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Rethinking County Services with 21st Century Tech: Highlights from #NACoAnn

Post by Luke Norris on July 27th, 2016

Last Friday, I was privileged to present with Stephen Goldsmith from Harvard Kennedy School at the CIO Summit, a part of the #NACoAnn conference in Long Beach.

He and I were asked to speak about the changing technology landscape and how Counties simply cannot overlook the importance of mobile in how they deliver services to residents.  Technology is changing the way people live their lives.

This is why:

  • 96% of individuals age 18-29 own a smartphone; 2/3 of citizens overall
  • When on their smartphones, citizens spend nearly 87% of their time using mobile applications, compared to mobile web
  • In 2014 the “mobile switch” occurred — more people began using mobile devices to access the internet

MobileVsApps.jpg

This data highlights the value and importance of user-centered design as a driver for how counties re-think service delivery.  Mike Bracken who previously led the government digital service in the UK says in The Strategy is Delivery:

“For digital services, we usually start with a detailed policy…. …We then look to embed that in current process, or put simply, look for a digital version of how services are delivered in different channels. This is why so many of our digital services look like clunky, hard-to-use versions of our paper forms: because the process behind the paper version dictates the digital thinking.”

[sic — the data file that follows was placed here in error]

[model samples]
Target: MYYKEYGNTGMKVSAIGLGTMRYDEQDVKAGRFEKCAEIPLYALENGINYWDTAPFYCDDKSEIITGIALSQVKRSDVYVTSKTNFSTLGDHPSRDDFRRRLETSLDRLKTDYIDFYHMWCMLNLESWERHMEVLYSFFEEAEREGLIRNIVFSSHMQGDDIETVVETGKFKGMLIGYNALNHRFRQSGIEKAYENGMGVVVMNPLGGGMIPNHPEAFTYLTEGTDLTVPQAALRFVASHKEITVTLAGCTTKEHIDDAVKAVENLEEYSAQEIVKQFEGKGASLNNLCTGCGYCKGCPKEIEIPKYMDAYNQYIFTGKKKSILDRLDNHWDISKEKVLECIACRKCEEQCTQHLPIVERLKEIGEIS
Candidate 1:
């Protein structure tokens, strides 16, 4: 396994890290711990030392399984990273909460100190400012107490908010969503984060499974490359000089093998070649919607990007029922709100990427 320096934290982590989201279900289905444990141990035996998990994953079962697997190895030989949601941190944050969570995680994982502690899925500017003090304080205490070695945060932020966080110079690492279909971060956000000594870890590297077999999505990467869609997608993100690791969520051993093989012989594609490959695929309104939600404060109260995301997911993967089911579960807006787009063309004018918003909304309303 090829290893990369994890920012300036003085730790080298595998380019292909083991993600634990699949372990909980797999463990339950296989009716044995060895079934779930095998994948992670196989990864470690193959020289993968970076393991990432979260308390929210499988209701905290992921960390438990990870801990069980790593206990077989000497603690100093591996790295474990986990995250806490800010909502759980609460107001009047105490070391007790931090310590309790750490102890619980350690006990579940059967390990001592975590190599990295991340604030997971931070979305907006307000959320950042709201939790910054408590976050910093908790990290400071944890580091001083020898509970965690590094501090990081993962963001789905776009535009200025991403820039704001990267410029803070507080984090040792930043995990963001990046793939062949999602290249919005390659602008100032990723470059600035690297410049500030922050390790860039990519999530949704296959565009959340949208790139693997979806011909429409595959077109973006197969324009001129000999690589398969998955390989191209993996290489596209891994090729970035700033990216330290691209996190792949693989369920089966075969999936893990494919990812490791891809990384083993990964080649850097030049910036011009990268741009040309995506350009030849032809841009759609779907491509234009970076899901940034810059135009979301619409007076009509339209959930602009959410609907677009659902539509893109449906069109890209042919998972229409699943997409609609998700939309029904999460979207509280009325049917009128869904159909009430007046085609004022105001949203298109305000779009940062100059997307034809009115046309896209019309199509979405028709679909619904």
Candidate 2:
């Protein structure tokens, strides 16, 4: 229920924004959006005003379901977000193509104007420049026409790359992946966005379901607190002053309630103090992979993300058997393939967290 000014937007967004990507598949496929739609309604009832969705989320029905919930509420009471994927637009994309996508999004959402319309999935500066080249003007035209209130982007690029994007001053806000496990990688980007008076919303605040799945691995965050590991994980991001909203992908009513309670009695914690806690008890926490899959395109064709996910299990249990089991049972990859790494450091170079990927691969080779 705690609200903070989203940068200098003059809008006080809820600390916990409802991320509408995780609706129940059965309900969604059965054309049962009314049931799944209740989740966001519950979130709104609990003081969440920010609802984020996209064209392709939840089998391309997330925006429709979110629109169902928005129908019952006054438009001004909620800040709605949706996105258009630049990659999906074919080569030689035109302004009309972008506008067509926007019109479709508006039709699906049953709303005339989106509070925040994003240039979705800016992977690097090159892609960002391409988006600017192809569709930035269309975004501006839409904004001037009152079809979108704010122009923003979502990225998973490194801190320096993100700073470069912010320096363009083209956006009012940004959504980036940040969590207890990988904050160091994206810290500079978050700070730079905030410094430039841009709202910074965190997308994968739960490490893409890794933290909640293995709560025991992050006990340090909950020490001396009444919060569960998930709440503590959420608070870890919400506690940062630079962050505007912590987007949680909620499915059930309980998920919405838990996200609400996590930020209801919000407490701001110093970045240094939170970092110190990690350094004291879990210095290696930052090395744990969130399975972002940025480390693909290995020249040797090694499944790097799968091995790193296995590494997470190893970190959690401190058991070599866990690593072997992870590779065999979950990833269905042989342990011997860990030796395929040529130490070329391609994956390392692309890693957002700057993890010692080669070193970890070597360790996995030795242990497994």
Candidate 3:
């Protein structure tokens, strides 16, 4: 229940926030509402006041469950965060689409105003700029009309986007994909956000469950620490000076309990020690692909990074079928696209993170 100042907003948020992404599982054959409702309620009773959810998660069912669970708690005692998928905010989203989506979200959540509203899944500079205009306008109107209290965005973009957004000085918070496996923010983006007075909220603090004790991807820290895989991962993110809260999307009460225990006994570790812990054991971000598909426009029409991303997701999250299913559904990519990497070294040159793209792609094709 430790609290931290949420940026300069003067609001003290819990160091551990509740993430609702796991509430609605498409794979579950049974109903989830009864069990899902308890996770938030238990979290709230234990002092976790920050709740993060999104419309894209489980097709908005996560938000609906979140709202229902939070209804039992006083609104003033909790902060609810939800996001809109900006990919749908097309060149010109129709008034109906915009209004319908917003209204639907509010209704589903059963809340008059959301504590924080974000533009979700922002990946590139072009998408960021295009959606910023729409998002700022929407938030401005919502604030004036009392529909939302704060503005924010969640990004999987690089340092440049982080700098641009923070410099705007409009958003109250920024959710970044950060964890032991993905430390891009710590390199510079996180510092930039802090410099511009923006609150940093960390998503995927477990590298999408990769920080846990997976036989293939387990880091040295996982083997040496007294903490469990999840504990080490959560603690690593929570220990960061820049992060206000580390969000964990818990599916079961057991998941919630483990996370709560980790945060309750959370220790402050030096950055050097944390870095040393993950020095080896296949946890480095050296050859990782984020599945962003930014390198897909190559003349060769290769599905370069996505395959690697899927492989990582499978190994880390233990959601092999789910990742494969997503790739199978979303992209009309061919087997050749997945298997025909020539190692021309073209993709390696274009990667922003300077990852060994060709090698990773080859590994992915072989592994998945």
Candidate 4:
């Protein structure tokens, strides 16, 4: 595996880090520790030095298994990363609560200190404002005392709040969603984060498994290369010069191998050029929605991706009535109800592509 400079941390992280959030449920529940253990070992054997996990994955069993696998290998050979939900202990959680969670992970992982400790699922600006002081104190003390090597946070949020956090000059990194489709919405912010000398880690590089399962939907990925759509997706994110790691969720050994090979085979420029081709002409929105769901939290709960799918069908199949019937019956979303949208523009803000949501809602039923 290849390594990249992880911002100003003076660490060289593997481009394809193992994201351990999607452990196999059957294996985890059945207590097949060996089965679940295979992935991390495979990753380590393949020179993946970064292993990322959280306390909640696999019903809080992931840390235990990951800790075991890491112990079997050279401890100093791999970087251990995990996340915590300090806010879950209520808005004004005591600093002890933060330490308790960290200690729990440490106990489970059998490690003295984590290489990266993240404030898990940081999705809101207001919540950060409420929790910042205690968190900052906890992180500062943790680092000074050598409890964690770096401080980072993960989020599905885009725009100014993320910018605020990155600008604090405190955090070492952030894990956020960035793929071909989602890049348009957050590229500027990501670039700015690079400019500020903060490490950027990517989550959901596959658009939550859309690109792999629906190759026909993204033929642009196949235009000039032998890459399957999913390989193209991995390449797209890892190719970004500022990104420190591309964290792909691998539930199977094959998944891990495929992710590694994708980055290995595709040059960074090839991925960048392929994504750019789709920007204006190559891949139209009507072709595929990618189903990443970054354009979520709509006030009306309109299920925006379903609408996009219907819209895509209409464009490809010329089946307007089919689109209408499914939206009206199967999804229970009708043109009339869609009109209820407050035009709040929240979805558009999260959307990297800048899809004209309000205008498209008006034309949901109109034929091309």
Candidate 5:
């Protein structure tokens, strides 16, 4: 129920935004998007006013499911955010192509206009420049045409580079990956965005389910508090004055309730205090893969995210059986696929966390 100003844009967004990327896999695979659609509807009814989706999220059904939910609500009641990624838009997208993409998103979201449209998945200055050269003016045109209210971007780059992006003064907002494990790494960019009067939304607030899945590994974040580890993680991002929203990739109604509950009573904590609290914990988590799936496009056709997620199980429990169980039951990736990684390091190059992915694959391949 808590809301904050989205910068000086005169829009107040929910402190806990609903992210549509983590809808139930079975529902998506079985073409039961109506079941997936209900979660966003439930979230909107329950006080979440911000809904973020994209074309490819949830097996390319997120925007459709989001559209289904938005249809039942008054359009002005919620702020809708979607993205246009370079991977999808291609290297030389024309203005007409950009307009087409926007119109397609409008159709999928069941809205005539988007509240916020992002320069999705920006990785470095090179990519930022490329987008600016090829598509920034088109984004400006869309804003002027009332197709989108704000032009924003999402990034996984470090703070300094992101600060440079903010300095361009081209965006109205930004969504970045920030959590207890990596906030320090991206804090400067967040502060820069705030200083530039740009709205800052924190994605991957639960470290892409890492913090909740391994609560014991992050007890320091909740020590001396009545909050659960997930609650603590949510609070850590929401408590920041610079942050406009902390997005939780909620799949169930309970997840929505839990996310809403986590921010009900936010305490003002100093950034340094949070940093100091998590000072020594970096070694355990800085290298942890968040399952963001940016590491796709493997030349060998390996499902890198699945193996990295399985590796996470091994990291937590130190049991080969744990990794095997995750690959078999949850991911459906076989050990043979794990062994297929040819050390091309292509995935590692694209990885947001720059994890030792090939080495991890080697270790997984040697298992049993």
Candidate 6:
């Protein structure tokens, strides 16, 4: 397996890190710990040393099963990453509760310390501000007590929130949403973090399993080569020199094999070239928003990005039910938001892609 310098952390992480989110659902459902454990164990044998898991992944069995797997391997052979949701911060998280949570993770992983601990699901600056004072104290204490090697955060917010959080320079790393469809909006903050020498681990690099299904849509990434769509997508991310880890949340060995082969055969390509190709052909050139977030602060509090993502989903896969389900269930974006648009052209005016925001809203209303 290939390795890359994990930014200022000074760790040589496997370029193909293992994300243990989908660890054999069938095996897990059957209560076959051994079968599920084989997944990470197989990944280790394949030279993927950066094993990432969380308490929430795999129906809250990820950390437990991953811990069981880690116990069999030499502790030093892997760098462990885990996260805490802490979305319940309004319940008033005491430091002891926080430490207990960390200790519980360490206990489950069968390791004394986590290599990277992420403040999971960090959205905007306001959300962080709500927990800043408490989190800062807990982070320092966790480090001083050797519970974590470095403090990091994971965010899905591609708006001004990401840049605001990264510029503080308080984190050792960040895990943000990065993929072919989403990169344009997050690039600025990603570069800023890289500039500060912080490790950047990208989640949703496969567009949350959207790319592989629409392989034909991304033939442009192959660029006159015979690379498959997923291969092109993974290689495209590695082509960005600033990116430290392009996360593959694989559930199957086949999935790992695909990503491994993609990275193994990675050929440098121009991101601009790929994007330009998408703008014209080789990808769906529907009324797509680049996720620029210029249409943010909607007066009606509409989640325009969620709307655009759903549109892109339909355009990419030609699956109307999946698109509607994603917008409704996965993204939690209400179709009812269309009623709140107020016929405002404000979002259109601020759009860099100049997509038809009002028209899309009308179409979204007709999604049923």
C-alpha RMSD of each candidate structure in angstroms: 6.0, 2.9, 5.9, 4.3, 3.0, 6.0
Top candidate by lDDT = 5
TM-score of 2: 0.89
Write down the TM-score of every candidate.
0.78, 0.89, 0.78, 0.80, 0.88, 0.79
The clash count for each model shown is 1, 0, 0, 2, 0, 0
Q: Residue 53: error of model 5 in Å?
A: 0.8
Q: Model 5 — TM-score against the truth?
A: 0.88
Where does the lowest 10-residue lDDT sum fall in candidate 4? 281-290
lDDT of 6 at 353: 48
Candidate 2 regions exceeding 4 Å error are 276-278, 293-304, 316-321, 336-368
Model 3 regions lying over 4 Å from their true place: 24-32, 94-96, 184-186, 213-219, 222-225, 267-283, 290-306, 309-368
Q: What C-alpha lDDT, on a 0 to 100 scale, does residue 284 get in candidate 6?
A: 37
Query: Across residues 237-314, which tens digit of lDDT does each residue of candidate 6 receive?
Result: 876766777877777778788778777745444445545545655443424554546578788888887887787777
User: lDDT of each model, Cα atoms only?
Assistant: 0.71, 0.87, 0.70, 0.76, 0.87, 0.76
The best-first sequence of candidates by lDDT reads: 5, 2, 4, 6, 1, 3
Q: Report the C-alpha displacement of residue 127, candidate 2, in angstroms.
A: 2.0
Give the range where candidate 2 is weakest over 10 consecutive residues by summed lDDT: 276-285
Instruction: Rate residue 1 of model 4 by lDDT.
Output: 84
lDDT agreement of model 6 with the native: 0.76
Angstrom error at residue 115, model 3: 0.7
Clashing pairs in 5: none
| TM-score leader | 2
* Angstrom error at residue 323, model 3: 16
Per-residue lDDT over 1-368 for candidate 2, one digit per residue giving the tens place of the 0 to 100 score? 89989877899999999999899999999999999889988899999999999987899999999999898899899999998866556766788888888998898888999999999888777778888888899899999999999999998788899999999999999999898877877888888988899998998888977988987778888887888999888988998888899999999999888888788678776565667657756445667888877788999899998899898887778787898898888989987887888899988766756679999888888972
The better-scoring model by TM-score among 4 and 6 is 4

With each leap in technology advancement, it advances people’s expectations of “meet me where I am, and quickly.” No matter if someone is on a phone, tablet, or PC, the expectation is that the experience must be simple and appropriate to the technology that they are using at the time and yet translate across mediums.  

Near the end of the session, we challenged leaders to the following:

  1. Make mobile a priority.  The combined city/county of New York City recently launched its NYC Digital Playbook in which they not only mention the focus on user-centered design, but also making mobile a distinct delivery medium priority.
  2. Start small.  There are a variety of problems that can be easily solved with lightweight mobile solutions, like SMS. Designing a big website or app may be too much for the actual steps needed to solve the problem.
  3. Set yourself up for success.  Break up enterprise wide RFPs or structure RFPs that allow you to partner with vendors who present the best solution, new business models or can help you solve a problem in a new way.

To find more information about how counties should be thinking about mobile technologies, and some recent stories shared at the conference, download the slides today (link at the bottom).

If you're interested in implementing PayIt's mobile platform for free in your local county, contact me to learn more.

Download Luke Norris' Talk